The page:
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Wheatstone Concertina

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My godmother gave me a musical instrument some 30 years ago. It is, I think, a concertina. It is in a solid leather box and inside the lid is a label with C Wheatstone of 15 West Street, Charing Cross. The instrument has 30 keys and 6 bellows. It is six sided in shape and all black. It does not appear to have a serial number but it has 'LINOTA' inscripted on both handles.


I am curious to trace its history - I have no idea wher eit originated from other than my godmother gave it to me following the death of her own father.


I look forward to receving any info.



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Almost certainly you have a standard 30-button Wheatstone "Linota" anglo. But a standard Linota is still an exceptional instrument. Made in London, England.


There should be a serial number on the instrument, probably on a little metal plate on the one end, wtih a corresponding plate on the other end giving the Wheatstone name and address. If these labels aren't there, there's still a good chance that the serial number is stamped on certain parts inside the instrument. If you know how to be delicate with a screwdriver, we could advise you on opening it up to look for the serial number. The number might then be used to determine the date of manufacture from the recently published Wheatstone company ledgers.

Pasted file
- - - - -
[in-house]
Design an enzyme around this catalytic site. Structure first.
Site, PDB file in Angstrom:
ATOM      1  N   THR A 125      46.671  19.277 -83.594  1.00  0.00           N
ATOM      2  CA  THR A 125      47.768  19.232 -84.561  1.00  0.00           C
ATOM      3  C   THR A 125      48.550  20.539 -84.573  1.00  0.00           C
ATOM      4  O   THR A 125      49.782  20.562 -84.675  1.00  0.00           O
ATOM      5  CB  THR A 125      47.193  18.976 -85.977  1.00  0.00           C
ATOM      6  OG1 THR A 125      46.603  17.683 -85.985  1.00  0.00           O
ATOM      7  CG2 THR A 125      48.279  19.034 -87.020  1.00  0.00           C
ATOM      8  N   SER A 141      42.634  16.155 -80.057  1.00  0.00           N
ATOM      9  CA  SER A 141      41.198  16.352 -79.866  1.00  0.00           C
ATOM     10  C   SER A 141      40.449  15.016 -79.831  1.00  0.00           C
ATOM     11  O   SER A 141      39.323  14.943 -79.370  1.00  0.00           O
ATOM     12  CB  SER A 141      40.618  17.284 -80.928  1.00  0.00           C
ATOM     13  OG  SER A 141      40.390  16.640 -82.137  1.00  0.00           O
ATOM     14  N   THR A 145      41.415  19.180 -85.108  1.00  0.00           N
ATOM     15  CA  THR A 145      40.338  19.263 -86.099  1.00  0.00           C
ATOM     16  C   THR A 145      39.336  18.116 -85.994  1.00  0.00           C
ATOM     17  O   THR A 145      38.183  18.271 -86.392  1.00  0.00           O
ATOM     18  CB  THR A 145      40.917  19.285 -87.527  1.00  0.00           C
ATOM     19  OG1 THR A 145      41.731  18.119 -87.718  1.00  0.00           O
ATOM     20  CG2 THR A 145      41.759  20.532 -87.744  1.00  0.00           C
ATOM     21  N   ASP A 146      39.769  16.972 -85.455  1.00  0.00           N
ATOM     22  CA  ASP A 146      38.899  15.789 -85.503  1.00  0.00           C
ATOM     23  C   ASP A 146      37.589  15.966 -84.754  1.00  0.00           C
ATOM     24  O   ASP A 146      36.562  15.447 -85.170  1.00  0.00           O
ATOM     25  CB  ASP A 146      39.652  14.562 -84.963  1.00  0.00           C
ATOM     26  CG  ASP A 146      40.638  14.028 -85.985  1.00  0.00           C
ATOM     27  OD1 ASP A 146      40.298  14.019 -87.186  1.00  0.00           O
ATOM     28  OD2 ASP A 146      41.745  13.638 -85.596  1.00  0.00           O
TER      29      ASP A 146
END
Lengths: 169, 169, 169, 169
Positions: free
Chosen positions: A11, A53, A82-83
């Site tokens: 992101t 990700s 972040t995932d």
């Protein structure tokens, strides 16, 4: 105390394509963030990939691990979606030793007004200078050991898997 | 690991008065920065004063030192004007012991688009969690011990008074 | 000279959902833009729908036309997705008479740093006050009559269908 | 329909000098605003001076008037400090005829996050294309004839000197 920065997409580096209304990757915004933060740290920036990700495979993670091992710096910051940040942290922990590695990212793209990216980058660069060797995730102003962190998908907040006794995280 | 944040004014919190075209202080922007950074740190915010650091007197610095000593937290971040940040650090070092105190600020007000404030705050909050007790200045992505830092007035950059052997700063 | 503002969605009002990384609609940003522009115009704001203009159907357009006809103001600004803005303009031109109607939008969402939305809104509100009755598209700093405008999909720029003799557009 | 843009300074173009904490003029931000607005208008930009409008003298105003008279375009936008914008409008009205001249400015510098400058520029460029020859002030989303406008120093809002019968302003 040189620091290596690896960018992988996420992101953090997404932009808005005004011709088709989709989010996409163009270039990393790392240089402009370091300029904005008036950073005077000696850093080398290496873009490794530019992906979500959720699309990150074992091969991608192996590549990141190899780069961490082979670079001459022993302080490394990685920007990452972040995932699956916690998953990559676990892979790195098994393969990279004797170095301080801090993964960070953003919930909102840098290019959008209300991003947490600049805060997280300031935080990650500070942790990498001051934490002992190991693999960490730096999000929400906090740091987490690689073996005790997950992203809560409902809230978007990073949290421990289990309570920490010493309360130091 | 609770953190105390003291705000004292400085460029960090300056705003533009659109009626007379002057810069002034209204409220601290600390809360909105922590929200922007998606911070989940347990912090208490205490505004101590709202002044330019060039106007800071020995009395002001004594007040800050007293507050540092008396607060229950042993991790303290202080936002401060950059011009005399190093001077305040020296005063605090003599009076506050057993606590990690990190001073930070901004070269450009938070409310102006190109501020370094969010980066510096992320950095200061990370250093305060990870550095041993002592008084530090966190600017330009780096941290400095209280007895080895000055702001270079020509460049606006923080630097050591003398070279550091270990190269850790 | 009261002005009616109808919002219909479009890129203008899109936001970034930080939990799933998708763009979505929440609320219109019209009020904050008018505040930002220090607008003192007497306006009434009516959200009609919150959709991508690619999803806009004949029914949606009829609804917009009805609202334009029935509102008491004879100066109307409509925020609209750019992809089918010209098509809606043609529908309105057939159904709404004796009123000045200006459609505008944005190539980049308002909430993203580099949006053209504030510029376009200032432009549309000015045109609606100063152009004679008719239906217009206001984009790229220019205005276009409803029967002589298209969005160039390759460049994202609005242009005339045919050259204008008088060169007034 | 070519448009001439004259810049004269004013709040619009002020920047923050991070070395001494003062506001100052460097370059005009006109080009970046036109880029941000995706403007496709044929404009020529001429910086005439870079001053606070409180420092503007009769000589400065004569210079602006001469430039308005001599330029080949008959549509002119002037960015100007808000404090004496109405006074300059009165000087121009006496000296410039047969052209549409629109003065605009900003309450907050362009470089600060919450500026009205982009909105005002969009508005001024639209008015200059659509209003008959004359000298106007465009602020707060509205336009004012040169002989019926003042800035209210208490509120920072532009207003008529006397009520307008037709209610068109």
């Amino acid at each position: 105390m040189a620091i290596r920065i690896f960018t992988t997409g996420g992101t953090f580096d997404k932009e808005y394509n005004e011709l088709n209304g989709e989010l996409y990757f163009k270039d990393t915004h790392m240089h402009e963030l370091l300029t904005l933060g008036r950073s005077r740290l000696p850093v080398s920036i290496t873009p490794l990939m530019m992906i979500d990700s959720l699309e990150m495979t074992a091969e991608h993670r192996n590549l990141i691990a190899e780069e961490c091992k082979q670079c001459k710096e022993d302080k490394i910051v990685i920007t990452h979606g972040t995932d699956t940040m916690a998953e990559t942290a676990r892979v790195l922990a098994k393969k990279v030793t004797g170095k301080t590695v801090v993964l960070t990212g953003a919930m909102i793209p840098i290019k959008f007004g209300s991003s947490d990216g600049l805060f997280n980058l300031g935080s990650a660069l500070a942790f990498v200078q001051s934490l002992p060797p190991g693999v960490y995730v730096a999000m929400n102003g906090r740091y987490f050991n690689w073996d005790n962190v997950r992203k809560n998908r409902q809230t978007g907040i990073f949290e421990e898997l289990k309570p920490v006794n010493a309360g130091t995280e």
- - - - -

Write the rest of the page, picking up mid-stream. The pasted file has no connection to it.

How big is the instrument -- from flat side to opposite flat side across one end?


Each button will play different notes on push and pull of the bellows. Are you able to tell which notes are which? In particular, what is the lowest note on the instrument (the push note of the "leftmost" button in the middle row of the left-hand side)?


If you want to sell it, you'll find many folks here who will offer to buy it. But most of us -- no matter how much we might personally want it -- will recommend that you learn to play it. We love to spread our addiction.


Welcome to Concertina.net!

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You may have inherited a valuable antique concertina. The Wheatstone Linota is one of the most sought after concertinas ever made. Many prominent musicians regard them as simply the best ever built.


I would recommend that you have it looked at, by one of the reputable shops listed on Concertina.net. They can both appraise and repair it, if needed. Then, I would second Jim Lucas' advice and learn to play it!


Tom Scott

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